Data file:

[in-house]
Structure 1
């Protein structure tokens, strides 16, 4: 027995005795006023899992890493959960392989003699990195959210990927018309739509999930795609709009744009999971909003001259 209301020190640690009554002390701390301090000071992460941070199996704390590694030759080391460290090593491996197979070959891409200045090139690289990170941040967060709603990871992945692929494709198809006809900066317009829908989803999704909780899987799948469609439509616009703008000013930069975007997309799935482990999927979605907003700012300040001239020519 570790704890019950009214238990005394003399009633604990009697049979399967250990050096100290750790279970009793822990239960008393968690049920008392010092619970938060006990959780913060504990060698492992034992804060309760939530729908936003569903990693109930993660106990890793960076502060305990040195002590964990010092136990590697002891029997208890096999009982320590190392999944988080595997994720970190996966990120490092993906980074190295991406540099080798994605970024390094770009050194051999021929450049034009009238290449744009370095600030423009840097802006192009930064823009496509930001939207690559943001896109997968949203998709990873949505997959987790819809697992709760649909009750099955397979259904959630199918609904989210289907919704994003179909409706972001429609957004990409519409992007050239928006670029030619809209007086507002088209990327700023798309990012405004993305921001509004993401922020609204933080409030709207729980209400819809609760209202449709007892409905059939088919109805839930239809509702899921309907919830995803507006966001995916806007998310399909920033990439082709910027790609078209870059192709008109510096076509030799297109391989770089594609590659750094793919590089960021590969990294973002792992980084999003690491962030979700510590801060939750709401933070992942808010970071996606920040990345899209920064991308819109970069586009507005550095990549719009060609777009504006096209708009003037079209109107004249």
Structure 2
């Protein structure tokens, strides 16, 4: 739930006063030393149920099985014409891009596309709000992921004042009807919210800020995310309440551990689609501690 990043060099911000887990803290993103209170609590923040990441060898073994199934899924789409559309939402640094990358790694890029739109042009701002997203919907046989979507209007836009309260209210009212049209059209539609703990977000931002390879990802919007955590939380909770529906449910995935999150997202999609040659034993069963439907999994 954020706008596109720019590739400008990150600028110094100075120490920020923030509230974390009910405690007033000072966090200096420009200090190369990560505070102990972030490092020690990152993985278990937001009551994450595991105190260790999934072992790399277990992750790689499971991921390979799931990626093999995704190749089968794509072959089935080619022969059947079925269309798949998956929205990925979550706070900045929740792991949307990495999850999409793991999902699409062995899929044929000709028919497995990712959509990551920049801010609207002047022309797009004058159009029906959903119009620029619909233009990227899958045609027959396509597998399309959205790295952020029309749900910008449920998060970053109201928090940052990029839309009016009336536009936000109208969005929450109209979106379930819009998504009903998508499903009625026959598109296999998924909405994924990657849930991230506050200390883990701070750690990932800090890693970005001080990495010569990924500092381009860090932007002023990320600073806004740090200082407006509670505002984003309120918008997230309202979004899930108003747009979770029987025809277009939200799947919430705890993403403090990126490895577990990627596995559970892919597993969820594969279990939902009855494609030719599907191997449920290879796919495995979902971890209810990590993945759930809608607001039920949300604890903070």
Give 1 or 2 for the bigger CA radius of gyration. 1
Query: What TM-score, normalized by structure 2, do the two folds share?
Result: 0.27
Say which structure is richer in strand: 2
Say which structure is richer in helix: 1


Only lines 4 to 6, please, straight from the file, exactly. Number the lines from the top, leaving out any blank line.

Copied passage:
Structure 2
């Protein structure tokens, strides 16, 4: 739930006063030393149920099985014409891009596309709000992921004042009807919210800020995310309440551990689609501690 990043060099911000887990803290993103209170609590923040990441060898073994199934899924789409559309939402640094990358790694890029739109042009701002997203919907046989979507209007836009309260209210009212049209059209539609703990977000931002390879990802919007955590939380909770529906449910995935999150997202999609040659034993069963439907999994 954020706008596109720019590739400008990150600028110094100075120490920020923030509230974390009910405690007033000072966090200096420009200090190369990560505070102990972030490092020690990152993985278990937001009551994450595991105190260790999934072992790399277990992750790689499971991921390979799931990626093999995704190749089968794509072959089935080619022969059947079925269309798949998956929205990925979550706070900045929740792991949307990495999850999409793991999902699409062995899929044929000709028919497995990712959509990551920049801010609207002047022309797009004058159009029906959903119009620029619909233009990227899958045609027959396509597998399309959205790295952020029309749900910008449920998060970053109201928090940052990029839309009016009336536009936000109208969005929450109209979106379930819009998504009903998508499903009625026959598109296999998924909405994924990657849930991230506050200390883990701070750690990932800090890693970005001080990495010569990924500092381009860090932007002023990320600073806004740090200082407006509670505002984003309120918008997230309202979004899930108003747009979770029987025809277009939200799947919430705890993403403090990126490895577990990627596995559970892919597993969820594969279990939902009855494609030719599907191997449920290879796919495995979902971890209810990590993945759930809608607001039920949300604890903070």
Give 1 or 2 for the bigger CA radius of gyration. 1